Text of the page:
A Connecticut Department of Energy & Environmental Protection and University of Connecticut Partnership
Long Island Sound Sentinel Monitoring for Climate Change Program

About Sentinel Monitoring in Long Island Sound

The Sentinel Monitoring for Climate Change Program (SMCCP) in the coastal ecoregions and estuarine waters of Long Island and Fisher Island Sounds (see Figure 1) is a multidisciplinary scientific approach to quantify local changes in the environment from climate change and provide an early warning system to allow for the development and implementation of adaptation strategies. The goal of the SMCCP is to 1) collect and synthesize data (i.e., monitoring) that will indicate how LIS and its associated habitats, biota and processes are changing; and, 2) utilize sentinel data to provide scientists and managers with the information necessary to prioritize climate change impacts and determine appropriate adaptation and mitigation strategies for these impacts to the LIS ecosystem. These impacts include but are not limited to: loss or changes in ecosystem functions and processes; disruption in fisheries, aquaculture and other economic commodities; and changes in species population dynamics, including both the loss of and introduction of new species.

Images of Long Island Sound boundary.
Figure 1. Map of coastal boundary established by LISS, prepared by the Southern New England Coastal Program Office, United States Fish and Wildlife Service.

The scientific and management literature is replete with references to climate change sentinels. A sentinel can be a geographic area, a habitat or ecosystem or individual species or species groups. For this program a sentinel is a measurable variable that is susceptible to some key aspect of climate change and which is being monitored for the appearance of climate change.

The specific objectives of the SMCCP and of the strategic plan presented here are:

  1. Summarize the state of knowledge on observed and potential climate change impacts on LIS habitats, biota and processes.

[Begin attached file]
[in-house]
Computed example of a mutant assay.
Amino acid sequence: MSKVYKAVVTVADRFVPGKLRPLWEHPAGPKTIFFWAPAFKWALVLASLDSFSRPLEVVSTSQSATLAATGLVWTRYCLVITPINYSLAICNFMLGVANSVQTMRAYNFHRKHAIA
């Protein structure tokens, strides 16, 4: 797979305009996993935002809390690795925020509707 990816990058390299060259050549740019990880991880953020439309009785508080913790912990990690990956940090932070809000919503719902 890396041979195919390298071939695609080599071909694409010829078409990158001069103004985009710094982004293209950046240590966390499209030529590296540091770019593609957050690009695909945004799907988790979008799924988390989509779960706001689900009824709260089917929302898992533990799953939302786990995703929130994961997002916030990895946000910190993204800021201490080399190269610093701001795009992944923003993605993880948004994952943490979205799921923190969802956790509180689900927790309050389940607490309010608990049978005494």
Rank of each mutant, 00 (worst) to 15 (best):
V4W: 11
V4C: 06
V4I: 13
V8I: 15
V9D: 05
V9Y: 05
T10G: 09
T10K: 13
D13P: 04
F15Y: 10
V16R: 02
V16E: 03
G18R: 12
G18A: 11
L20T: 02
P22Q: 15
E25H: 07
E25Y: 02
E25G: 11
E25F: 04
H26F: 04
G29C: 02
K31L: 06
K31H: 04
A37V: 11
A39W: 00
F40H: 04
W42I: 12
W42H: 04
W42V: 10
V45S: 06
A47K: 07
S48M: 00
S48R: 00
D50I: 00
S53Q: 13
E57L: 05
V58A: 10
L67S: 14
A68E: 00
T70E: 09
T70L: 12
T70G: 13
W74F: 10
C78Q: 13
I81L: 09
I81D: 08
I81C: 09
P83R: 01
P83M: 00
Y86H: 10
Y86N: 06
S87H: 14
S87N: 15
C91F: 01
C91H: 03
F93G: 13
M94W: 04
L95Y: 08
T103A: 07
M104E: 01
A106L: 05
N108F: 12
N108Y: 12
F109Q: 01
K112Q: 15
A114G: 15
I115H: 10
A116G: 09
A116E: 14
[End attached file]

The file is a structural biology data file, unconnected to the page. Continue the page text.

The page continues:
2. Develop and fund a pilot-scale adaptive monitoring program to begin the effort to measure and evaluate sentinel indicators and associated parameters that would signal the magnitudes and rates of change in LIS habitats, biota, and processes caused by climate change.
  3. This strategy and the pilot-scale program are intended to be used to leverage funding from other climate-change initiatives available at the state, regional, and federal level.
  4. Identify opportunities for collaboration(s) to establish critical research programs (if they do not already exist), foster needed technological advancements, and implement long term monitoring.
  5. Create a data citation clearinghouse that will serve as a master research web page to organize, coordinate, and promote awareness of LIS data, research, and researchers. The clearinghouse will provide access to the types, locations, and dates of data collection pertaining to climate change in LIS.
  6. Synthesize and review outcomes of the pilot program to provide regular assessments of indicators and determine if changes should be made in parameters measured.
  7. Provide data and model predictions from the pilot program to managers such that management decisions and adaptation strategies may be developed and implemented.
Go to Climate Change Back to top